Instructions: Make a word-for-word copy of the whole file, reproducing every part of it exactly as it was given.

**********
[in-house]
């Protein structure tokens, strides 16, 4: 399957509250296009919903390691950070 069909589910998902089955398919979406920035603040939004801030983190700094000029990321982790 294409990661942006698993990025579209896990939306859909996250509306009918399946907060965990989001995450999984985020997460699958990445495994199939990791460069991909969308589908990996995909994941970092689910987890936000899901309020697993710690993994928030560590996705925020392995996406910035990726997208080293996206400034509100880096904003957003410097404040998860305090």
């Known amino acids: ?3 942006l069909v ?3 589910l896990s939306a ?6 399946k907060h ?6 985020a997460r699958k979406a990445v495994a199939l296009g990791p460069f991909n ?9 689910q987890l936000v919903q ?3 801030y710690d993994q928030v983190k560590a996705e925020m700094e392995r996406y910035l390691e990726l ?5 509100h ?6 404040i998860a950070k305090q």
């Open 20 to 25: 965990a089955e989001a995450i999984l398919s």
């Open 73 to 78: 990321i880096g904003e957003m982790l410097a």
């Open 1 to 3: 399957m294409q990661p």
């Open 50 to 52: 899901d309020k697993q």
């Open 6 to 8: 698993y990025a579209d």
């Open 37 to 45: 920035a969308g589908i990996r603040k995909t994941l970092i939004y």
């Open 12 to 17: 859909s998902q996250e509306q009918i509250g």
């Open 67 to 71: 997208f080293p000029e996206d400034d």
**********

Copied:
[in-house]
């Protein structure tokens, strides 16, 4: 399957509250296009919903390691950070 069909589910998902089955398919979406920035603040939004801030983190700094000029990321982790 294409990661942006698993990025579209896990939306859909996250509306009918399946907060965990989001995450999984985020997460699958990445495994199939990791460069991909969308589908990996995909994941970092689910987890936000899901309020697993710690993994928030560590996705925020392995996406910035990726997208080293996206400034509100880096904003957003410097404040998860305090």
């Known amino acids: ?3 942006l069909v ?3 589910l896990s939306a ?6 399946k907060h ?6 985020a997460r699958k979406a990445v495994a199939l296009g990791p460069f991909n ?9 689910q987890l936000v919903q ?3 801030y710690d993994q928030v983190k560590a996705e925020m700094e392995r996406y910035l390691e990726l ?5 509100h ?6 404040i998860a950070k305090q």
């Open 20 to 25: 965990a089955e989001a995450i999984l398919s």
């Open 73 to 78: 990321i880096g904003e957003m982790l410097a």
């Open 1 to 3: 399957m294409q990661p």
């Open 50 to 52: 899901d309020k697993q």
């Open 6 to 8: 698993y990025a579209d």
């Open 37 to 45: 920035a969308g589908i990996r603040k995909t994941l970092i939004y």
């Open 12 to 17: 859909s998902q996250e509306q009918i509250g």
């Open 67 to 71: 997208f080293p000029e996206d400034d």